Brazilian Court to Decide If World Cup Law Constitutional
A Brazilian law governing the conditions of next year’s soccer World Cup is unconstitutional, according to a case filed with the country’s Supreme Court by Prosecutor General Roberto Gurgel.
Elements of the 2012 legislation, including tax exemptions for soccer’s governing body and its sponsors, violate Brazilian law, according to a statement posted on the prosecutor general’s website. Gurgel filed the complaint in June after receiving a report from a task force created in 2009 to monitor regulations and public spending on the quadrennial event.
Supreme Court Judge Ricardo Lewandowski asked for more information before he’ll make a ruling, according to a spokeswoman at the Supreme Court, who asked not to be identified in line with court policy. The court is in recess until August.
Actions questioning the constitutionality of new laws are “quite common” in Brazil, according to Eduardo Carlezzo, a lawyer with Sao Paulo-based Carlezzo Advogados Associados who is not connected with the case.
Brazil’s government has committed almost 30 billion reais ($13.2 billion) for projects linked to the World Cup. Gurgel’s case was filed June 17 as Brazil hosted the Confederations Cup, a test event for next year’s competition.
The Confederations Cup was played against the backdrop of demonstrations as Brazilians took to the streets in record numbers to protest a range of issues including the cost of staging the World Cup, the most-watched event in sports.
“FIFA cannot comment on this pending procedure,” the soccer body said yesterday via e-mail.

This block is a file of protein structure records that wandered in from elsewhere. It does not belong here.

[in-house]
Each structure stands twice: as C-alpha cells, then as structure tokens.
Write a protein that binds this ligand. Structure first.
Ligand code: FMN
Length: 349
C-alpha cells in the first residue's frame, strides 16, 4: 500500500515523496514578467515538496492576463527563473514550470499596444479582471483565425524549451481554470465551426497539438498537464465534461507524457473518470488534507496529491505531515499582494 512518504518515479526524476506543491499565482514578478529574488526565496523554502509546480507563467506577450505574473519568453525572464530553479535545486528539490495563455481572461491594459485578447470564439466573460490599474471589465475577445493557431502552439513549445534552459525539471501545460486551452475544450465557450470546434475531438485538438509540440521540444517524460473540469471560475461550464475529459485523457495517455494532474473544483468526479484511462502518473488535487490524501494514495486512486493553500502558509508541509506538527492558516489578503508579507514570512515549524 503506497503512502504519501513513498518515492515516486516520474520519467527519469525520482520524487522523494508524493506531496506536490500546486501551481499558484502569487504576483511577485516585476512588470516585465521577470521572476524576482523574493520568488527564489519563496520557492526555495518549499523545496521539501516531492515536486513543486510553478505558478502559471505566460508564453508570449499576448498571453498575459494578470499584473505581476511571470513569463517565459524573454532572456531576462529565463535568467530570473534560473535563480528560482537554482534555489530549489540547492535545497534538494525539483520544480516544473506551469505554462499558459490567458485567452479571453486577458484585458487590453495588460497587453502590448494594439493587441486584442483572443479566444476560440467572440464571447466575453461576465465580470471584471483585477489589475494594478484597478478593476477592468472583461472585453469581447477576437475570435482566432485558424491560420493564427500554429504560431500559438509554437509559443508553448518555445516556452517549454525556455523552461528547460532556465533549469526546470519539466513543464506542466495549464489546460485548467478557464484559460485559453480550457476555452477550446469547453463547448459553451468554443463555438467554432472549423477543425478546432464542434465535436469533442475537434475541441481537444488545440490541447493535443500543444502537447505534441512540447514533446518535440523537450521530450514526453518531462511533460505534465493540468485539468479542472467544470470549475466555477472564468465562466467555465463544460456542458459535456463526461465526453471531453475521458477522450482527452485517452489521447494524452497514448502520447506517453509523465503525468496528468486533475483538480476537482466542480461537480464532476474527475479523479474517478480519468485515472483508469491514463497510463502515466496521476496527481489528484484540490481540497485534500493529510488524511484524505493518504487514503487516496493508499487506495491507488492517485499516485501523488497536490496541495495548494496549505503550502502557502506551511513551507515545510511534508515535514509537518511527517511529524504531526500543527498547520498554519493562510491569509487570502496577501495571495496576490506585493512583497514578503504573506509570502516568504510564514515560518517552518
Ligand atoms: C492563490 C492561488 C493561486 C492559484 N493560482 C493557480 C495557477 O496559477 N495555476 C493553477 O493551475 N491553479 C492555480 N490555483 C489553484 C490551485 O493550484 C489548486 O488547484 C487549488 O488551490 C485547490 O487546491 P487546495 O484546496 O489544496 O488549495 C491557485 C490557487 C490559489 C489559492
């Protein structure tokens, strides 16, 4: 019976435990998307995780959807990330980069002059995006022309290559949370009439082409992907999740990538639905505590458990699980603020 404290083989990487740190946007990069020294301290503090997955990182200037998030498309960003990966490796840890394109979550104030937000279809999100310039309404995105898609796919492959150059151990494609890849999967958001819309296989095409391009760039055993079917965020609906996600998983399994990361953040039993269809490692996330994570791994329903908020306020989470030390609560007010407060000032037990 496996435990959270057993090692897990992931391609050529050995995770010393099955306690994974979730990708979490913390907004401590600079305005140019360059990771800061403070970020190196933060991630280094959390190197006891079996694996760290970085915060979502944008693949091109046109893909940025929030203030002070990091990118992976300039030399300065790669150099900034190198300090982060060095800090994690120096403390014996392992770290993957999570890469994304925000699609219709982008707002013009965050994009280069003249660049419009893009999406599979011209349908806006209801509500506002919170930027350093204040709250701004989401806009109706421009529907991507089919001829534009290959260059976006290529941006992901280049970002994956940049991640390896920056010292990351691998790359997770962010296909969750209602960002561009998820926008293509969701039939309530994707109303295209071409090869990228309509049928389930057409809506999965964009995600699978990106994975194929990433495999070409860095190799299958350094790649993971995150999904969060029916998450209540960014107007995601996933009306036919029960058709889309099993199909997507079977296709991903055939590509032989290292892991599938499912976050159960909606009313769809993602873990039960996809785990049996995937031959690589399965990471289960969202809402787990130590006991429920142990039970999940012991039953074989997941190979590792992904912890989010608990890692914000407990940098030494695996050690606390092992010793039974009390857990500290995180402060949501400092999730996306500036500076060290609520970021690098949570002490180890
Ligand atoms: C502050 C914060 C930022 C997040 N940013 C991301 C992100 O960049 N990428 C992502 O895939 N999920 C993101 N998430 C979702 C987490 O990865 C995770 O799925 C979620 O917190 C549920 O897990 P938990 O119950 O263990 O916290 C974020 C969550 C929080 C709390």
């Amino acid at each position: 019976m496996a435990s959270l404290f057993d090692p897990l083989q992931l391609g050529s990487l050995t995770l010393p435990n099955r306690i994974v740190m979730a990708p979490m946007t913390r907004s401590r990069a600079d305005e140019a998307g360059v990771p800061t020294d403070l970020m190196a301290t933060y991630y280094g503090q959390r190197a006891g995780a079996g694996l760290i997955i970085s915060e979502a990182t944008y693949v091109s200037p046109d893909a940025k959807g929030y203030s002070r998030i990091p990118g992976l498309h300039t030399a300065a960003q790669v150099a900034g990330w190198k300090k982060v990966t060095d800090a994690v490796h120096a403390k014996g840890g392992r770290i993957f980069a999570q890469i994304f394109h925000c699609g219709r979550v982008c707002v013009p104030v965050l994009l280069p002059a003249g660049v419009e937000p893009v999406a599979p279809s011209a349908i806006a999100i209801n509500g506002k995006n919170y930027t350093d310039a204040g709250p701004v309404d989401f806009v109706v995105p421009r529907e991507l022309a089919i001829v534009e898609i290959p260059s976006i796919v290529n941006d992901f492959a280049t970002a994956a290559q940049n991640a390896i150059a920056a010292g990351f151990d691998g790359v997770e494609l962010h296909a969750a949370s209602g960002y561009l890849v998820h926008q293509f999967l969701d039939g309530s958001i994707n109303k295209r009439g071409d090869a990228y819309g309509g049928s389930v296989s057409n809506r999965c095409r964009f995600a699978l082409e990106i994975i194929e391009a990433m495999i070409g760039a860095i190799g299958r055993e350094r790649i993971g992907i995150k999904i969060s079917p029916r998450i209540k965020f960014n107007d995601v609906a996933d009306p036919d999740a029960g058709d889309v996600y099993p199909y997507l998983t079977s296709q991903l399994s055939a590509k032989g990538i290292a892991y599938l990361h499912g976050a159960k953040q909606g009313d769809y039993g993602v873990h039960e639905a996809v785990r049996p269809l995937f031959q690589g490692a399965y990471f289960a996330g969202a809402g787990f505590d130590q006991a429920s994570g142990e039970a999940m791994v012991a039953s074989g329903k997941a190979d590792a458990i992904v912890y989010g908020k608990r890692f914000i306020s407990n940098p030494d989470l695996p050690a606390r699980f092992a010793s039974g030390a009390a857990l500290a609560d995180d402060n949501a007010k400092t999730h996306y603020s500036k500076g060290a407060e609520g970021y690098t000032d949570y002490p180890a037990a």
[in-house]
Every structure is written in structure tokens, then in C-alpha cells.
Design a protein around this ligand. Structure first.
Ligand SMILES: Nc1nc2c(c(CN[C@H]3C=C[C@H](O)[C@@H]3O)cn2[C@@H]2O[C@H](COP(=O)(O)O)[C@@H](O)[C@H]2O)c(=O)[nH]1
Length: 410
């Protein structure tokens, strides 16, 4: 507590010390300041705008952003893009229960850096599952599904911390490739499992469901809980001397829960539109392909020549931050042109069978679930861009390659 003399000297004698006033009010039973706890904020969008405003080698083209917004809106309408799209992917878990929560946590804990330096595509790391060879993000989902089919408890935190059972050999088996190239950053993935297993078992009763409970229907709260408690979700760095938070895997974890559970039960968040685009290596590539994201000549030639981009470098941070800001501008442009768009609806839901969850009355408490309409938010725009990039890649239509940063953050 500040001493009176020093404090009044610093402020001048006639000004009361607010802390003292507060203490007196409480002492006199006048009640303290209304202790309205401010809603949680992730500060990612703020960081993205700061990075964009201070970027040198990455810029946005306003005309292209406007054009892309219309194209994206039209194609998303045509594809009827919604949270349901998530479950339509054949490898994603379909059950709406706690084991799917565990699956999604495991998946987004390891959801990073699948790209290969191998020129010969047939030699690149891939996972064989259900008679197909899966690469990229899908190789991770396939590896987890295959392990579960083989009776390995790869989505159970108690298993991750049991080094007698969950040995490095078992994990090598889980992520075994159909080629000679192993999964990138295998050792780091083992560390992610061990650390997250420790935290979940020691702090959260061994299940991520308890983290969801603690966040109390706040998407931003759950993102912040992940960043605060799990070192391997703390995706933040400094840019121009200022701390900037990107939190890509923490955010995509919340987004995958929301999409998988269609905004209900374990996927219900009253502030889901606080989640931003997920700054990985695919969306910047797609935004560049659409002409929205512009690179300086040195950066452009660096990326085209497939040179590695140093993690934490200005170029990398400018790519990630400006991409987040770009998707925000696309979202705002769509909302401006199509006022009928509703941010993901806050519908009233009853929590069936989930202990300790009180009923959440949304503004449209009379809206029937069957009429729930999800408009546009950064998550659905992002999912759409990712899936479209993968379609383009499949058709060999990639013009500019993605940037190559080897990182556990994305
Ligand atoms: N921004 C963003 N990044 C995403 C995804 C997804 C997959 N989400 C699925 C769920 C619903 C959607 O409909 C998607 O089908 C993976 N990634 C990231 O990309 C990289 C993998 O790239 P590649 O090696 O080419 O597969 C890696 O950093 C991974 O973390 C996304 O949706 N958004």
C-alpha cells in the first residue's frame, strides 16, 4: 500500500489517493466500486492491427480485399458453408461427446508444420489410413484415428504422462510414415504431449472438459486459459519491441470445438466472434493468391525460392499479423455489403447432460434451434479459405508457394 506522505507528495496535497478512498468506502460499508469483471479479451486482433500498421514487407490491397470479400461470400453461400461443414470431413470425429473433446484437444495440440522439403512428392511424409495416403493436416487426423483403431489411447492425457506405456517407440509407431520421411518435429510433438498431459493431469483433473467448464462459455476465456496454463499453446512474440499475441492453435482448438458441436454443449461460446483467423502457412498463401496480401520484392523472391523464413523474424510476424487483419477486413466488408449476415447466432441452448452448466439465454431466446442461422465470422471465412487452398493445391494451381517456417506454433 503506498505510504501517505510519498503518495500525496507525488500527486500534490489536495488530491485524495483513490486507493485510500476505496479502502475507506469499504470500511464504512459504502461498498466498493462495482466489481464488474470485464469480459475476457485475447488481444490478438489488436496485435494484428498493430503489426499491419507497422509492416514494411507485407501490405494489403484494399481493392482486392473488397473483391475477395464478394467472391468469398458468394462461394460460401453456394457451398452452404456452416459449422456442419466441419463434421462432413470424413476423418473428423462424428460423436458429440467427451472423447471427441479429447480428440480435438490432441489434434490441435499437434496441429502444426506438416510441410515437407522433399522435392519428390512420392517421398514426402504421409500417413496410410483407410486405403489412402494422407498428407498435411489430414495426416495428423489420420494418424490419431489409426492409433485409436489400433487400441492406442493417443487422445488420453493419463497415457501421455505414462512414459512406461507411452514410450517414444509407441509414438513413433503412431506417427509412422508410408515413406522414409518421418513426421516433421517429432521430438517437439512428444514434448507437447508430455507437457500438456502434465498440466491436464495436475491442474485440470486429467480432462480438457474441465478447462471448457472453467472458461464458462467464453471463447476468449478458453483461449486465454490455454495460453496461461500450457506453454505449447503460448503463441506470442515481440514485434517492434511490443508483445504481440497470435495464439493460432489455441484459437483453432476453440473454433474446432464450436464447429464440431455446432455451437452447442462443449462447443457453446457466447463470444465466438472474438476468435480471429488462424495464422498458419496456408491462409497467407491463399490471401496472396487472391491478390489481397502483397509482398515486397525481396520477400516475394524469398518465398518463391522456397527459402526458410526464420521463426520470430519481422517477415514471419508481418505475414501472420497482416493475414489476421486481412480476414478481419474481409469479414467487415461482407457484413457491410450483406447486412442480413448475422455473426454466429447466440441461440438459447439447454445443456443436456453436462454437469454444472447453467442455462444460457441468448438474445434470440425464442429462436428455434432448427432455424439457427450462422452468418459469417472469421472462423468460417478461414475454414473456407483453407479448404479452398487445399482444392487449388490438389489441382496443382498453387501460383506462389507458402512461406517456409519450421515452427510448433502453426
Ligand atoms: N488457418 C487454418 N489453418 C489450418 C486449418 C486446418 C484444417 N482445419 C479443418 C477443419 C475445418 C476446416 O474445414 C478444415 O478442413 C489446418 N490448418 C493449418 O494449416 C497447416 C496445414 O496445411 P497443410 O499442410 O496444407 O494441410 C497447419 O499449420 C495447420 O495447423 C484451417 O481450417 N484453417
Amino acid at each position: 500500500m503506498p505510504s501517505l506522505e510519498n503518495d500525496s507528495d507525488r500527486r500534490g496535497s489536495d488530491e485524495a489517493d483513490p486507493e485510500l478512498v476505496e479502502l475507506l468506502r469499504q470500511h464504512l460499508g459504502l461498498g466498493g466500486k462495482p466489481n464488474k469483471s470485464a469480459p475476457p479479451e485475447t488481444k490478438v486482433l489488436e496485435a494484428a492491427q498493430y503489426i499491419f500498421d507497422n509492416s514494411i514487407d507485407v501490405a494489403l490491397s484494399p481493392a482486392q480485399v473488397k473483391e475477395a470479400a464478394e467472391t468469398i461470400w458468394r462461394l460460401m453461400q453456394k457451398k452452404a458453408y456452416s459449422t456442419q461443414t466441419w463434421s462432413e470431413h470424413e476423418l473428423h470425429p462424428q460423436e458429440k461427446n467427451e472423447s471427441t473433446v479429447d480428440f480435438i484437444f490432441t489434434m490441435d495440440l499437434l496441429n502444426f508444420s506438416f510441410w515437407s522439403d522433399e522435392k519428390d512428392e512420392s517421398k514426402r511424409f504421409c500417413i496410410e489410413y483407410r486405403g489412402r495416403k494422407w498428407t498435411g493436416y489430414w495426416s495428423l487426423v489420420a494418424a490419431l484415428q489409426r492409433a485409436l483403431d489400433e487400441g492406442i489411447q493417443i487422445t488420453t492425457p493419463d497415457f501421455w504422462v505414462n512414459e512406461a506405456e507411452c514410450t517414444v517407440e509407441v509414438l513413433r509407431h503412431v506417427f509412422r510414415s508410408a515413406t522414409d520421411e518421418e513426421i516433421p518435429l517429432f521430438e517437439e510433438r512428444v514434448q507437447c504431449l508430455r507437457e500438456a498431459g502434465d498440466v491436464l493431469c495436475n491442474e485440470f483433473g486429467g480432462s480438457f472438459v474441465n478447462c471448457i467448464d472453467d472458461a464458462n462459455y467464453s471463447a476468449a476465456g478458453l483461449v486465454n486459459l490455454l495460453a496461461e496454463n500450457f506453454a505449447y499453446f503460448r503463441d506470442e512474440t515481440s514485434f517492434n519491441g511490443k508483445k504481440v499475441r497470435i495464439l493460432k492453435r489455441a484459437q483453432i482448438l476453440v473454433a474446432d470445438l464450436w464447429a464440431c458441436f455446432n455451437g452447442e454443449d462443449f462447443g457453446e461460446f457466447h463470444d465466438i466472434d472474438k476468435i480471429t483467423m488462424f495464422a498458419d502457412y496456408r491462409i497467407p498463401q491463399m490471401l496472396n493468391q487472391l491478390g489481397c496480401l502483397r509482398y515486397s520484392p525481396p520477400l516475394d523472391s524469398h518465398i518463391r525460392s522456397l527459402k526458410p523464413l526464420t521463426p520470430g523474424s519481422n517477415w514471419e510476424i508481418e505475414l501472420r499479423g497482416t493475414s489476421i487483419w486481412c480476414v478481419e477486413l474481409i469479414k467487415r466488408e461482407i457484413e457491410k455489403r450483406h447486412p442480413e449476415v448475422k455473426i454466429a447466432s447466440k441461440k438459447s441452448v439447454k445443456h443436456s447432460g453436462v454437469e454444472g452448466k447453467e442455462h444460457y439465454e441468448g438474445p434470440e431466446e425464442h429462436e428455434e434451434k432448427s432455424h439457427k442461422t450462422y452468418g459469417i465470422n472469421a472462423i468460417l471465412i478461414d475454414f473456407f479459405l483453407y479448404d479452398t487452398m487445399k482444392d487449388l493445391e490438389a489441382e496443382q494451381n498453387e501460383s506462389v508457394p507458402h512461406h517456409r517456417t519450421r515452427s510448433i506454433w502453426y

Brazil’s advocate general’s office is still preparing its arguments to defend the World Cup law, it said in an e-mailed statement. The legislation was delayed several times in Brazil’s Congress before it was eventually signed into law by President Dilma Rousseff as opponents claimed FIFA was demanding too much power.
The lawsuit “won’t have any decisive impact in the organization of the World Cup and will not affect any of the national federations that qualify for the event,” Carlezzo said in an e-mail.
Christian Fernandes Gomes da Rosa, a partner at Tojal, Teixeira Ferreira, Serrano & Renault Advogados Associados, a Sao Paulo-based law firm, said the lawsuit was “very unlikely” to be successful.
“This kind of legal action is common and I cannot see the Supreme Court ruling in favor,” he said in a phone interview.
The claim also says the World Cup law is also in violation of the constitution because it requires Brazil to assume liability for any losses or damages to the event. The advocate general’s office said that was what Brazil agreed to when it told FIFA it would stage the tournament in 2007.
Deputy Sports Minister Luis Fernandes said the Brazilian government and FIFA engaged in tough negotiations before coming to an agreement over what would be included in the bill. Fernandes said in a June 29 interview that the host nation resisted FIFA’s demands on issues ranging from ticketing to a specific clause related to counterterrorism.
Fernandes said not all the soccer body’s requirements for the temporary structures built outside the six Confederations Cup stadiums were met, and that local officials rejected a request for the provision of Segways, two-wheeled motorized vehicles.
“The hardest thing is that they don’t understand the sensibility and complexity of Brazilian politics,” he said. “My own experience is if you are firm in defining what you understand to be of national interest, you can make FIFA waiver or make concessions on a number of things.”
Earlier this year, FIFA’s top administrative official, Jerome Valcke, said it can be more difficult to host the 32-team event in countries with strong democratic traditions.
“I will say something which is crazy, but less democracy is sometimes better for organizing a World Cup,” Valcke said at a symposium in Zurich.
Russia will stage the event in 2018 before it moves to Qatar in 2022.
To contact the editor responsible for this story: Christopher Elser at firstname.lastname@example.org